The sad reality is children on the Cape Flats dream only of survival
If you ask a child from an area that’s gangster- and poverty-stricken and drug-infested and violent, for example, a child from Hanover Park, he or she would tell you that their hopes and dreams for the future are to still be alive.
Yes, our hopes and dreams are to be successful, however, our oppressive circumstances limit us.
People go on and on about how we should use our background to rise, but tell me, how do you rise if you’re too afraid to get up in the morning to go to school for fear of being shot?
It’s time to instil peace in our communities. The only way that will happen is if we all work together as one.
People are afraid. Our mothers are suffering in silence while they bury their young.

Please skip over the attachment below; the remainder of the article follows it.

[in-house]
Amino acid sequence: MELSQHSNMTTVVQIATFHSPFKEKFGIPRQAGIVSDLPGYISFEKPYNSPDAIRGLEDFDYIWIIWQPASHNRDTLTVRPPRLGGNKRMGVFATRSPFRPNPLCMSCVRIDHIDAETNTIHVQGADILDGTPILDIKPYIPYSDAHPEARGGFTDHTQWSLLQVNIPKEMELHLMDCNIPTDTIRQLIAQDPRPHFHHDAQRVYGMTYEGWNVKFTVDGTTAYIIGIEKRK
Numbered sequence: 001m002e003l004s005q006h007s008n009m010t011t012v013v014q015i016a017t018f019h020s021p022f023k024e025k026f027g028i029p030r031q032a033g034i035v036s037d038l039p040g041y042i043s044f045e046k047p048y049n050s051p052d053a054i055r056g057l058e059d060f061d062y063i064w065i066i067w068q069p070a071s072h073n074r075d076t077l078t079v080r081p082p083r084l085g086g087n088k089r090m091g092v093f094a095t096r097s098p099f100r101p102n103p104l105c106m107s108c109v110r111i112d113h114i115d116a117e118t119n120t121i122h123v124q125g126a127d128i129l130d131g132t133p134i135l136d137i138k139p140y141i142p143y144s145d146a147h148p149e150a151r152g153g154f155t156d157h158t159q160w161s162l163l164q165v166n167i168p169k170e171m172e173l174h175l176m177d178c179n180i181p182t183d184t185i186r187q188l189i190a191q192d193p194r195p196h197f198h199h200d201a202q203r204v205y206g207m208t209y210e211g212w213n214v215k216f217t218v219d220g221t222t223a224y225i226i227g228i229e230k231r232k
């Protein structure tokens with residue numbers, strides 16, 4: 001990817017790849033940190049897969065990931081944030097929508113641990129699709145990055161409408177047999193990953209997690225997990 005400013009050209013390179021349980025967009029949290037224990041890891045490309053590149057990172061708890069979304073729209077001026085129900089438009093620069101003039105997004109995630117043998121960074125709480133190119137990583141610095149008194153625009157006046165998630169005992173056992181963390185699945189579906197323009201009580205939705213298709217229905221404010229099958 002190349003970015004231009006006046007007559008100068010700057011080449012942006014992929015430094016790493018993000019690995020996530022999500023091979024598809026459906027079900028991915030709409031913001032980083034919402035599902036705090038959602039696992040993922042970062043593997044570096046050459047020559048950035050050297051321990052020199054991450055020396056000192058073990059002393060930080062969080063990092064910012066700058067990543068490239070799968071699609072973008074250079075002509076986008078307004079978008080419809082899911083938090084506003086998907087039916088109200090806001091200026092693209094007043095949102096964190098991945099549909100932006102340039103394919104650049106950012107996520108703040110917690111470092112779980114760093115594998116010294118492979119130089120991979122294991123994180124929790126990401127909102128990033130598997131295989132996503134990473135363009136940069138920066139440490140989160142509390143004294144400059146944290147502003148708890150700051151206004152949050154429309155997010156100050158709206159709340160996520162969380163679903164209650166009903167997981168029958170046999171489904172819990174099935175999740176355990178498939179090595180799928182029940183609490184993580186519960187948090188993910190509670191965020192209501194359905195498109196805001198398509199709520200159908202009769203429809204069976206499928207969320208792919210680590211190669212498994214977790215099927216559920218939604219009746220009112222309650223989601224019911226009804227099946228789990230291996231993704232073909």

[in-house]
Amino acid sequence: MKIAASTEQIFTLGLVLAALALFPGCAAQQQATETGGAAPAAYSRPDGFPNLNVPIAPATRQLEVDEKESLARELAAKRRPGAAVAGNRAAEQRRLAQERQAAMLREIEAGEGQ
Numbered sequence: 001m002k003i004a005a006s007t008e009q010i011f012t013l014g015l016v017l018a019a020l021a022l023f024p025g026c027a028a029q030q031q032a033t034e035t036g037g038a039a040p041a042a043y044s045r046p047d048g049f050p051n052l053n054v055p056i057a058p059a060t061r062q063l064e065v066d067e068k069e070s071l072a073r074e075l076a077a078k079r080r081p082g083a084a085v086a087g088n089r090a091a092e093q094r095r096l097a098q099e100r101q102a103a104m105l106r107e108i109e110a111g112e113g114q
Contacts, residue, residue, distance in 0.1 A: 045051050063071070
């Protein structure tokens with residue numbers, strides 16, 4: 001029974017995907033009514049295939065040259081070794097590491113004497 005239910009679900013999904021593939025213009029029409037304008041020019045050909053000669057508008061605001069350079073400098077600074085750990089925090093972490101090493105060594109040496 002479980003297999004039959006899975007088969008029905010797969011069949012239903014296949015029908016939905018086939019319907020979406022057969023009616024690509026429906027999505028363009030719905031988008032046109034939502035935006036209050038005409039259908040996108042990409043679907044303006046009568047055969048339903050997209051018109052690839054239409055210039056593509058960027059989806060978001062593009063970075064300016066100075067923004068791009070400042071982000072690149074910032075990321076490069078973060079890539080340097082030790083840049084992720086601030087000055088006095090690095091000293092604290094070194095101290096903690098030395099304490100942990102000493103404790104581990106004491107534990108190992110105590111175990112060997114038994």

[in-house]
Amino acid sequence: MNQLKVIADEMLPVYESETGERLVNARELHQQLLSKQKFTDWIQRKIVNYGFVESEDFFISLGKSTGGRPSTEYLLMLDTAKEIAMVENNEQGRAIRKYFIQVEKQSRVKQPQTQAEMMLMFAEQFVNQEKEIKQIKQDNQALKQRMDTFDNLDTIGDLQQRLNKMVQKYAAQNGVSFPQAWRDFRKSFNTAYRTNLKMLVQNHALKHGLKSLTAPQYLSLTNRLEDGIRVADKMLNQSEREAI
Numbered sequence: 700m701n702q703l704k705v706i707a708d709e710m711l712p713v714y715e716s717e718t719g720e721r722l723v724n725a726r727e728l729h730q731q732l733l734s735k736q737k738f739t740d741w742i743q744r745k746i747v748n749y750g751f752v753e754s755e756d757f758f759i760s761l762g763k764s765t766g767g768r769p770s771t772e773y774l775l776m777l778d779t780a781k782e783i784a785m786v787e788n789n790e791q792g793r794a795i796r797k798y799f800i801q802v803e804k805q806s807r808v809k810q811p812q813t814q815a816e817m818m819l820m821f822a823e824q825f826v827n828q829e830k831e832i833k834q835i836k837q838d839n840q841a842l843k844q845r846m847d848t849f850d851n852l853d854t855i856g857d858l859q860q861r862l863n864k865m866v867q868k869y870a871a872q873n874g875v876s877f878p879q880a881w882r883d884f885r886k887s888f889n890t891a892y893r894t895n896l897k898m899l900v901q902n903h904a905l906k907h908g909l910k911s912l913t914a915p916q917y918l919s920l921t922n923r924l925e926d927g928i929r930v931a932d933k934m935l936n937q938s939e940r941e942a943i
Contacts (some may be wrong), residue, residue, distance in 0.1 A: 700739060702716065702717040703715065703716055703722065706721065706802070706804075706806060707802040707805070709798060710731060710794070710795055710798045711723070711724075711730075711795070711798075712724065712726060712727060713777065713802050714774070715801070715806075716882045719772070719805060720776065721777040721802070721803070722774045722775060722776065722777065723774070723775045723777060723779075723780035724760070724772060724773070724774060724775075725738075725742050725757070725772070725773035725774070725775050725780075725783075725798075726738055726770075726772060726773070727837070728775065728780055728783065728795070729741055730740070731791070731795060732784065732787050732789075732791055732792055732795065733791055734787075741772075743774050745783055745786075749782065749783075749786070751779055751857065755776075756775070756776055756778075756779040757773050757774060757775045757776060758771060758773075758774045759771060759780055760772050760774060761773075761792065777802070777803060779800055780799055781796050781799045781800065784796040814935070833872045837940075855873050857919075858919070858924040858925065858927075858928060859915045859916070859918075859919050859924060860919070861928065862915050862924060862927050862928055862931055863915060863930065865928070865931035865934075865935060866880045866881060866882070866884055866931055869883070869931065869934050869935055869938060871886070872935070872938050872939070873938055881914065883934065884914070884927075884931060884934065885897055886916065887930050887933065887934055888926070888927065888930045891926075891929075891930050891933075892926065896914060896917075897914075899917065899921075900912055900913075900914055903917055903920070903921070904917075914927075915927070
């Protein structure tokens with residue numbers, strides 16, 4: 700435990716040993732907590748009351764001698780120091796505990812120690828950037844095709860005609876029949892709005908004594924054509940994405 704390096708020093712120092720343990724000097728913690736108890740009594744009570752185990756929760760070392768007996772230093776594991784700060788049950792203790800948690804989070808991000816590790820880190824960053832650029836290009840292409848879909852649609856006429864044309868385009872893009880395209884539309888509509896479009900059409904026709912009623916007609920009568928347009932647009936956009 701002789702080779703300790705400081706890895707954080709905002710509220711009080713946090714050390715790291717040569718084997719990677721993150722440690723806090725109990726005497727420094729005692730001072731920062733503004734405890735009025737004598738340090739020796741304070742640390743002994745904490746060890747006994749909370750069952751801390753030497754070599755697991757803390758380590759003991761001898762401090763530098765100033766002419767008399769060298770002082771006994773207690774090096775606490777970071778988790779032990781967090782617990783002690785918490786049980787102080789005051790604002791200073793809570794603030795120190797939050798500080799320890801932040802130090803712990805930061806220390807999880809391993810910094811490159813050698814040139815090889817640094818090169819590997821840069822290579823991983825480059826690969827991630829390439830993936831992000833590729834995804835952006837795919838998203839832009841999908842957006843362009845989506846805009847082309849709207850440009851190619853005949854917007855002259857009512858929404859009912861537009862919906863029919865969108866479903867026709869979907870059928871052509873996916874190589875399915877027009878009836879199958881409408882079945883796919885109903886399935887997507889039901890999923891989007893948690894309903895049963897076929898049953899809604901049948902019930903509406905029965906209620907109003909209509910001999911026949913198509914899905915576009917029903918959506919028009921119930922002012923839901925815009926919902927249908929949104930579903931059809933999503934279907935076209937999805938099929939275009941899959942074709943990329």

Being a Peace Ambassador really opened my eyes when it comes to how we can bring about peace and change in simple and ordinary ways.
In order to get peace, we need to be peaceful. That way we can spread peace.
If you think about our situation long enough, it’s really not that difficult to drive gangsterism out of our communities.
Starting with the youth who are more vulnerable to be influenced - if we motivate them to make something out of their lives, I’m sure there wouldn’t be place for gangsterism.
Nelson Mandela once said: “If you want peace with your enemy, you have to work with your enemy. Then he becomes your partner.” It’s time to reconcile and work with our enemies.
With the help of the Almighty and hopes of an unseen bullet not having my name on it; my dream is to pass matric, study further and make something of my life so that I can give back to my Hanover Park.
* Faseegah Rossie, Peace Ambassador Hanover Park.
** The views expressed here are not necessarily those of Independent Media.